SATIRICAL ETYMOLOGY IV
When the railroad service Amtrak was founded in the 1970s, it was originally spelled Namtrak. However, that quickly changed, as people confused the phrase a Namtrak train with An Amtrak train, and the company just decided to go with it and changed the official name. It was called Namtrak because the company was founded by Vietnam veterans who saw the advanced rail systems connecting the country and decided to bring that to America. As for the second part of the name, it's a very common misconception that it has something to do train tracks, but that's just ridiculous. If it did, there would be a c in the name. The truth is that trak derives from Vietnamese truc, which meant "axle"; it's thought that this has to do with the axles of the trains on the original 'Namtruc. After being popularized by several hit rap songs in the 1990s, Amtrak is now the fourth most frequently used word in the English language, between to and of.
SATIRICAL ETYMOLOGY III
The word baguette came to us in the late fifteenth century from Old French baguelette. -Ette is just a diminutive suffix meaning "small", so we can eliminate that to better analyze the root, baguel, which meant "twist". It makes sense that baguette would mean "small twist", because there is a faint rotating pattern on the top of the bread. That's interesting in itself, but what's really fascinating is how the term is related to our current word bagel, which is also a twist and comes directly from the Old French noun. Another cognate is bugle, the type of instrument, which adopted the "twist" definition in German as bugel due to the characteristic loop in the horn. All three of these words eventually can be traced back to Latin bucure, which meant "to twist" and derives from a Proto-Indo-European reconstruction, bheg, also "twist". Also, if you haven't gathered from the title, that was entirely fake, but it seemed awfully real, didn't it? You never know when I could be lying to you... Happy April Fool's Day!
SATIRICAL ETYMOLOGY II
Most people have never stopped to consider where the word jester comes from. It's obviously a formation from the verb jest, meaning "to joke", but here it gets interesting. In Old English, though still spelled jest, the word meant "cannibalize"! This is because of an ancient folk tale about a jester who went crazy and ate the entire king's court (a story thought to be based on actual events in 900s Denmark), and so the word got metonymically applied. This has clear Germanic origins: jest comes from Old Norse jessir, which meant "obey", because one must obey Death (also, incidentally, the etymon of the affirmative yessir, a confirmation of obedience, itself the root of yes and sir). Finally, jessir is from Proto-Indo-European jehk, which vaguely meant "follow", so not that much of a stretch there. Fascinating as that is, jester has a hidden relative from those cannibalistic times! That Old English word, jest, underwent a lot of transformations. Since it was a story about a king's court, the word also got applied to the royal family as jestalty. In Middle English, this underwent the variations of restalty and roystalty until finally settling in Modern English as the word royalty. The fool and the king are distantly related through a cannibalistic origin. This is so believable!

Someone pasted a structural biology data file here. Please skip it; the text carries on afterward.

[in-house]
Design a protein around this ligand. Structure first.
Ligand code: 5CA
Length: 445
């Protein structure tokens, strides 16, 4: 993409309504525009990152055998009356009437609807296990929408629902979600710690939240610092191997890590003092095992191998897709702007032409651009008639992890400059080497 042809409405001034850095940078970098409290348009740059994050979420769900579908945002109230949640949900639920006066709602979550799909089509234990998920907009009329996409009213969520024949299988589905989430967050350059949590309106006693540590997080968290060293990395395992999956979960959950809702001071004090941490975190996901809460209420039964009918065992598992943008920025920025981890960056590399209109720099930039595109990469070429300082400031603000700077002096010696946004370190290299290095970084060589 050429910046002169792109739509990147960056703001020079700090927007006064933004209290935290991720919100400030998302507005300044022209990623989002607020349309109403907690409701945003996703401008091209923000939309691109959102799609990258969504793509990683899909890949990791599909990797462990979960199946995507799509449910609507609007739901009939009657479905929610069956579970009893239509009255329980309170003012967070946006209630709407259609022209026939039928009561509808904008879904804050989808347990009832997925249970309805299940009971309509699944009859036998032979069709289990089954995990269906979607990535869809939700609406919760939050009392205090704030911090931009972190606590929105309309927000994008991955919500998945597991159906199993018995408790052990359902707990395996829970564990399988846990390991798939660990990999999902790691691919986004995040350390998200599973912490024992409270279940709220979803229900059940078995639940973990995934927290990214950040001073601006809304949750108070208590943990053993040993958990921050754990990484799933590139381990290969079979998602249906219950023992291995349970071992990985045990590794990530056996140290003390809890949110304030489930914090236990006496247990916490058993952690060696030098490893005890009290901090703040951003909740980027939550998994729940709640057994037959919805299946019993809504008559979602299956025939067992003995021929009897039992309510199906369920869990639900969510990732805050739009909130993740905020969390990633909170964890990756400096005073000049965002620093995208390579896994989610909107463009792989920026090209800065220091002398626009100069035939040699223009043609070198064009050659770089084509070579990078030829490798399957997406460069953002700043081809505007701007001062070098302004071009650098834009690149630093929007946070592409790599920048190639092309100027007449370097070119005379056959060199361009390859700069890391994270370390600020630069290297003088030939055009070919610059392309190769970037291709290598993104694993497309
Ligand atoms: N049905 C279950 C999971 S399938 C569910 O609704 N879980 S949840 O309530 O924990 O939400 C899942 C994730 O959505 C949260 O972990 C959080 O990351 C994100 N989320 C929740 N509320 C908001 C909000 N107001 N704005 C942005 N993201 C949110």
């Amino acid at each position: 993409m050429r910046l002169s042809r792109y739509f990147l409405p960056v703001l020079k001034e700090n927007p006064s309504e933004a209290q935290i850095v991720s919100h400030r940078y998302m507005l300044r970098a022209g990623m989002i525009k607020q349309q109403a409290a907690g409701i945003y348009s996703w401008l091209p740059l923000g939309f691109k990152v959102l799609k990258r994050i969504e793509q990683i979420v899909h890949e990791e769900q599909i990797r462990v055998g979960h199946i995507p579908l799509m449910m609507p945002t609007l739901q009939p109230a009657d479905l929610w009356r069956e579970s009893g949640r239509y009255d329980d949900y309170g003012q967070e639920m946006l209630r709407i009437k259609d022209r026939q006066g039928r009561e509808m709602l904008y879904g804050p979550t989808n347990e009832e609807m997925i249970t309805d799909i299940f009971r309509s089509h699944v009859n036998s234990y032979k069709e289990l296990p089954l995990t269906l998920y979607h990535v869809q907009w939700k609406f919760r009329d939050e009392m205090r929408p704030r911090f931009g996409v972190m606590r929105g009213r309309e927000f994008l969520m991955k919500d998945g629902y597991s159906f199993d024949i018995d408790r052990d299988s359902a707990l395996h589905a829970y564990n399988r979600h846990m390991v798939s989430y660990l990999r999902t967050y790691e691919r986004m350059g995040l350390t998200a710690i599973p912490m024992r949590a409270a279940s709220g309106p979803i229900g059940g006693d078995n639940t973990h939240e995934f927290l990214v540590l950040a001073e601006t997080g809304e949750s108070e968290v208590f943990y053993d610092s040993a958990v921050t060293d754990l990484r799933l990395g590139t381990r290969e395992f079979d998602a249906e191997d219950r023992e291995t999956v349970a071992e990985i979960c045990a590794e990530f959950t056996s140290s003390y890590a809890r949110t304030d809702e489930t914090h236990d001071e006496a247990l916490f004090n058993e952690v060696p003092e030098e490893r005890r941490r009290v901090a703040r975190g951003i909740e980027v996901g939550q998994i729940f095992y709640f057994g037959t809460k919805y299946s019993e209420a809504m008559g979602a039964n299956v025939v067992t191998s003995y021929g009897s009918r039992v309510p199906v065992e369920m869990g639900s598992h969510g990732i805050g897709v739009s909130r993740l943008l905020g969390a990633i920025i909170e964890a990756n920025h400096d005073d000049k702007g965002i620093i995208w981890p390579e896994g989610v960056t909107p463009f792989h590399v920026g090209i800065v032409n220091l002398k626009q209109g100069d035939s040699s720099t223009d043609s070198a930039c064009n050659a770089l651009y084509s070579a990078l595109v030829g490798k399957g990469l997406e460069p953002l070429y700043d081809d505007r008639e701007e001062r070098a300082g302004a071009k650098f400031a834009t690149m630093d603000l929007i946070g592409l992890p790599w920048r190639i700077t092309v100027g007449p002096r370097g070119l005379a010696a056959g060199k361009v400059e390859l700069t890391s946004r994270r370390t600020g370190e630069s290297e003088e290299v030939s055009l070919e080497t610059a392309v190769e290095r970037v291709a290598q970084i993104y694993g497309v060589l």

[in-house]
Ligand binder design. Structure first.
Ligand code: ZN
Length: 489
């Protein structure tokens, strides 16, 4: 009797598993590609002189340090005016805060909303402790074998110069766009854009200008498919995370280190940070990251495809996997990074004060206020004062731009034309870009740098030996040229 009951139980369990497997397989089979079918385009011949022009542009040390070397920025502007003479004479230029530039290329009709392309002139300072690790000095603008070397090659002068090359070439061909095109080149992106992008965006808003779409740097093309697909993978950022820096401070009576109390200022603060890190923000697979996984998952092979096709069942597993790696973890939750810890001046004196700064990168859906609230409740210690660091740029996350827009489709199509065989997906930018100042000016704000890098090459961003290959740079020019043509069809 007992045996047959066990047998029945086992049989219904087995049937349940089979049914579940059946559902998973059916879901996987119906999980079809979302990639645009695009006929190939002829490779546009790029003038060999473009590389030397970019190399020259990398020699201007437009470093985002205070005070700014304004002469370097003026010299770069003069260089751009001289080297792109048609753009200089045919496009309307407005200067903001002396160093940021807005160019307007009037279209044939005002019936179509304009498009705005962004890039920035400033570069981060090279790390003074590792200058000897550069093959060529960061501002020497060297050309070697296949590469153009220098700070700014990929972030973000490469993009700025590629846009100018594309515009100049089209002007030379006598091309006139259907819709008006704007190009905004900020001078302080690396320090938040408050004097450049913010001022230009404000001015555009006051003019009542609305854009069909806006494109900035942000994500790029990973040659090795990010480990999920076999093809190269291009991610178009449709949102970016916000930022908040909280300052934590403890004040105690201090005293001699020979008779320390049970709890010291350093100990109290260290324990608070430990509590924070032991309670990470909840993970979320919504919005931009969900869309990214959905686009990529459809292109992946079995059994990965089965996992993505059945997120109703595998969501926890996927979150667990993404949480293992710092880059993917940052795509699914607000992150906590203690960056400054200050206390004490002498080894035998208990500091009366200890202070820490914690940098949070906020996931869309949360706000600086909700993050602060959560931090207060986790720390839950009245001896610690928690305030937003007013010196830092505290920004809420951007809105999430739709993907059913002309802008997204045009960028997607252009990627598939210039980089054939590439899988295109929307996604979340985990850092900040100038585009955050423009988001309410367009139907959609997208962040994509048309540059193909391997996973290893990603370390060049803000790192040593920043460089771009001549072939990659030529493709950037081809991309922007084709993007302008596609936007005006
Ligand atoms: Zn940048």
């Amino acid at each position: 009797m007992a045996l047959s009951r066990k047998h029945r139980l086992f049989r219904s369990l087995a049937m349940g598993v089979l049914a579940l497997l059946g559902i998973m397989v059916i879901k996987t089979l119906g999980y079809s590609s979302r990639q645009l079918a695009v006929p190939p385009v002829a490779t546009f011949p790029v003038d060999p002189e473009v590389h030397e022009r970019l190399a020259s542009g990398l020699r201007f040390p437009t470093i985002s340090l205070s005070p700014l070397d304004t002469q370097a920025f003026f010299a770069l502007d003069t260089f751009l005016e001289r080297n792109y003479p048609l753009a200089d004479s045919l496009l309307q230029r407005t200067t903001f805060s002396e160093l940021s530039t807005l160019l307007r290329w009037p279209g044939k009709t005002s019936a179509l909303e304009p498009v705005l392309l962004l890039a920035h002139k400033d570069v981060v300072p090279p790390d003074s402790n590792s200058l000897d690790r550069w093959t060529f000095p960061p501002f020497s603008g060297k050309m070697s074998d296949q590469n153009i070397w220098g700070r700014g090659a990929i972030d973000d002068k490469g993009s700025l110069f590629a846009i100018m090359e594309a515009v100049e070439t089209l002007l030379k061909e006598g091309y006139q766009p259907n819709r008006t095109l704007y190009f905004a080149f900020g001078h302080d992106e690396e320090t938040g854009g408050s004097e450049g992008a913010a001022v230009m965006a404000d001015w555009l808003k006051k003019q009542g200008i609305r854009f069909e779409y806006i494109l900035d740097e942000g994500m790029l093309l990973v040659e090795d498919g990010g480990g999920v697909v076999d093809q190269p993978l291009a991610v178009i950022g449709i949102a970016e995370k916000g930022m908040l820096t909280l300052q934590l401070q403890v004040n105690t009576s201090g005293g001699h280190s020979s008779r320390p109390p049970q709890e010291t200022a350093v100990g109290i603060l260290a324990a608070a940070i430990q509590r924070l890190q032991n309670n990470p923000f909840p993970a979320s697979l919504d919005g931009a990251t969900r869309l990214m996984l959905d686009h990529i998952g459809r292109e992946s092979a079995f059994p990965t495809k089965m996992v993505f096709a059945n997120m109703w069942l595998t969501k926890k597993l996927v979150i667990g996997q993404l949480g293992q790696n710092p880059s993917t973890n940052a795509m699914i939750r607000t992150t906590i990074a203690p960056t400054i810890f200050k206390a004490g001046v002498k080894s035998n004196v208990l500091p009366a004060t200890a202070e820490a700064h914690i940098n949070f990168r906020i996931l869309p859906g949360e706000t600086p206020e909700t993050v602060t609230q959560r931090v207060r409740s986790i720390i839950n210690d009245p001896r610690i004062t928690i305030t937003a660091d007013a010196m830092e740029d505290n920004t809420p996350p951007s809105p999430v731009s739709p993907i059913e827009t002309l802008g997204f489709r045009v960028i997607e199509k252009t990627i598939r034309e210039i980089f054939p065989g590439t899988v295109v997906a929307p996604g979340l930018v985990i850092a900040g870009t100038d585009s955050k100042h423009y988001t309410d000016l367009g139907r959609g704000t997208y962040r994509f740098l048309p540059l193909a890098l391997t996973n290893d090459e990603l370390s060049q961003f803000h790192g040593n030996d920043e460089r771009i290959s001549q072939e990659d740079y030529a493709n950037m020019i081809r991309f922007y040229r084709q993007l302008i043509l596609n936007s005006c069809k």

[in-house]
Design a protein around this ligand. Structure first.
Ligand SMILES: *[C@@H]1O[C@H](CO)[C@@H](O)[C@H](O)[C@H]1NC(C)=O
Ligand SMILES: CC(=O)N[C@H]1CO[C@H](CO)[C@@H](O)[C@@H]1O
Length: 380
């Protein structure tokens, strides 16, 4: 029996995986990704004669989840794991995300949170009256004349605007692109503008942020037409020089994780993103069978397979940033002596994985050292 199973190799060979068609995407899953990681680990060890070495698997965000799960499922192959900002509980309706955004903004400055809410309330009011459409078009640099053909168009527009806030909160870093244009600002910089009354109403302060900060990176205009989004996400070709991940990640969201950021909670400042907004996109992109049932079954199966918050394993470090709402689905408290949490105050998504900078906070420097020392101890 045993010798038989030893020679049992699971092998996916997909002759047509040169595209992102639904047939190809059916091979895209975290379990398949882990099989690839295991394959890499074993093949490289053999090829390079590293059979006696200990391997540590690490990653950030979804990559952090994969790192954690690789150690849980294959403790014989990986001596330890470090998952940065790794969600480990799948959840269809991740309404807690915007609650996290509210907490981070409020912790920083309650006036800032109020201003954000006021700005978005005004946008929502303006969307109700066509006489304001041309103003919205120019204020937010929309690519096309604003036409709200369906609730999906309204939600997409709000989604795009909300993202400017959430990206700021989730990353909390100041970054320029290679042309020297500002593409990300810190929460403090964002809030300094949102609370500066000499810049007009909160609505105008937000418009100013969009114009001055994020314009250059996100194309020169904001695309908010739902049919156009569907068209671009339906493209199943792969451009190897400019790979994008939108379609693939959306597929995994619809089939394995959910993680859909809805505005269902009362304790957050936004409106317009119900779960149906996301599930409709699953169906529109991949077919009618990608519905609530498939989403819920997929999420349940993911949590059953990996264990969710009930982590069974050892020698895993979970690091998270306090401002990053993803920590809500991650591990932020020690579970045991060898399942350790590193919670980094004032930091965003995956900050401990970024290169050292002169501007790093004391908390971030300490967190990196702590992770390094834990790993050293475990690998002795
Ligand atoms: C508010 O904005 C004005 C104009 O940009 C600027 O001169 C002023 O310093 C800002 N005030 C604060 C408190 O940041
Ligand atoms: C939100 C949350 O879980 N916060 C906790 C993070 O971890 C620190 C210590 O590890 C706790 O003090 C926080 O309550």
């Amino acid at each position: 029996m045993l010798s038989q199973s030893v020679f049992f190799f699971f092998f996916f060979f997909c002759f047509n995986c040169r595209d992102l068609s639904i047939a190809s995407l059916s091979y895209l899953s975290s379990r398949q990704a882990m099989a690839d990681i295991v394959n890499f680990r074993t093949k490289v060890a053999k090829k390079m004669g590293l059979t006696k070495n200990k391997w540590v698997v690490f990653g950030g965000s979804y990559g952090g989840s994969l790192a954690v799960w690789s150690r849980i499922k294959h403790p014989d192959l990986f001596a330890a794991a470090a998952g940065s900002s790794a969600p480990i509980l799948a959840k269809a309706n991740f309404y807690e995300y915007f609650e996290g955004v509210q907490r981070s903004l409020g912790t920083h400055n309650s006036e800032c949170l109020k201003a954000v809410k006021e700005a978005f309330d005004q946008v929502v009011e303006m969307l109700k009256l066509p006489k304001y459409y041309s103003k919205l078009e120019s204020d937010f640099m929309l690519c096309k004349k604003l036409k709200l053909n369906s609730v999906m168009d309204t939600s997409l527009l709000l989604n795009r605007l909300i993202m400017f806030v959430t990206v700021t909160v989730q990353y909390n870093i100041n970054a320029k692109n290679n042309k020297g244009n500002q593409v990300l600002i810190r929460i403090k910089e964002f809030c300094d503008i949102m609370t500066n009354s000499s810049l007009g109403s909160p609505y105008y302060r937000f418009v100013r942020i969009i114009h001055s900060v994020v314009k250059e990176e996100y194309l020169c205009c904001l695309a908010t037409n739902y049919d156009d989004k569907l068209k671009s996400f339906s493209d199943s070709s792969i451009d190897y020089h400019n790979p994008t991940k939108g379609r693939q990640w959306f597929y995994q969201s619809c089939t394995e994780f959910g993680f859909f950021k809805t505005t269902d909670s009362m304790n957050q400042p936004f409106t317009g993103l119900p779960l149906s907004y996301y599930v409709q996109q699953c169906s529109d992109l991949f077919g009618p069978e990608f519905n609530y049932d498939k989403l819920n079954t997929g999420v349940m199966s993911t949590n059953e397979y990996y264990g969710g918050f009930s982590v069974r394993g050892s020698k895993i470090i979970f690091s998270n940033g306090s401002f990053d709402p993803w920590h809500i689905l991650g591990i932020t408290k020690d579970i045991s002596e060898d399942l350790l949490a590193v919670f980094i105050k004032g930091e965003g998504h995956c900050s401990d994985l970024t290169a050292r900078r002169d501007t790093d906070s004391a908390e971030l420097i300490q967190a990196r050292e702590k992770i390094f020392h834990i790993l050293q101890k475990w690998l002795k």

SATIRICAL ETYMOLOGY I
The word pauper ("poor person") is the source of several English words and phrases. Itself from Latin paupus, a little-used word which meant "alcoholic uncle", which in turn came from the Proto-Indo-European root pap ("male relative"; also the root of today's word papa, and Latin pater, "father"), pauper was first coined by King Richard III to describe his lesser-known uncle on his mother's side, Prince Brad II, who was forced out of line to the royal throne and into life as a serf; thus the connection was made. 300 years later, William Shakespeare was the first to use the word pop: influenced by pauper, it remains as the word we know today ("to make a light sound"), because one of Shakespeare's favorite pastimes was the sport he named popping, where the objective was to poke a poor person with a sword until they died. Pop became the genre of music from this definition, since it described "sounds" and songs have sounds. Another derivative of pauper is hippopotamus. While this may seem rather shocking, it actually makes quite a bit of sense. Hippopotami have large hips, and so the word was added to "poor person" (since hippopotami have no possessions, they were named "poor" when they were first discovered by Charles Darwin) to make the word we know today. The last word which we all know came from pauper is gullible. As we all know, British people have weird accents, and London local dialects switch p's with g's and double l's, creating the now widely used word gauller to describe a poor person. Next came two changes: the initial a was dropped due to a typographical error in 1945, and the word began to semantically shift towards the meaning of "credulous", since the rich people who used the word pauper looked down upon poorer people as easily duped. Since the term now applied to a concept and not a person, folk etymology gradually switched the -er suffix of guller and added an -ible suffix, because that just sounded right. It's pretty crazy; the connections between pauper, pop, hippopotamus, and gullible sound almost made up!
Hello! I'm Adam Aleksic, a senior studying government and linguistics at Harvard University, where I co-founded the Harvard Undergraduate Linguistics Society. In addition to etymology, I also really enjoy trivia, politics, vexillology, geography, board games, conlanging, art history, and law.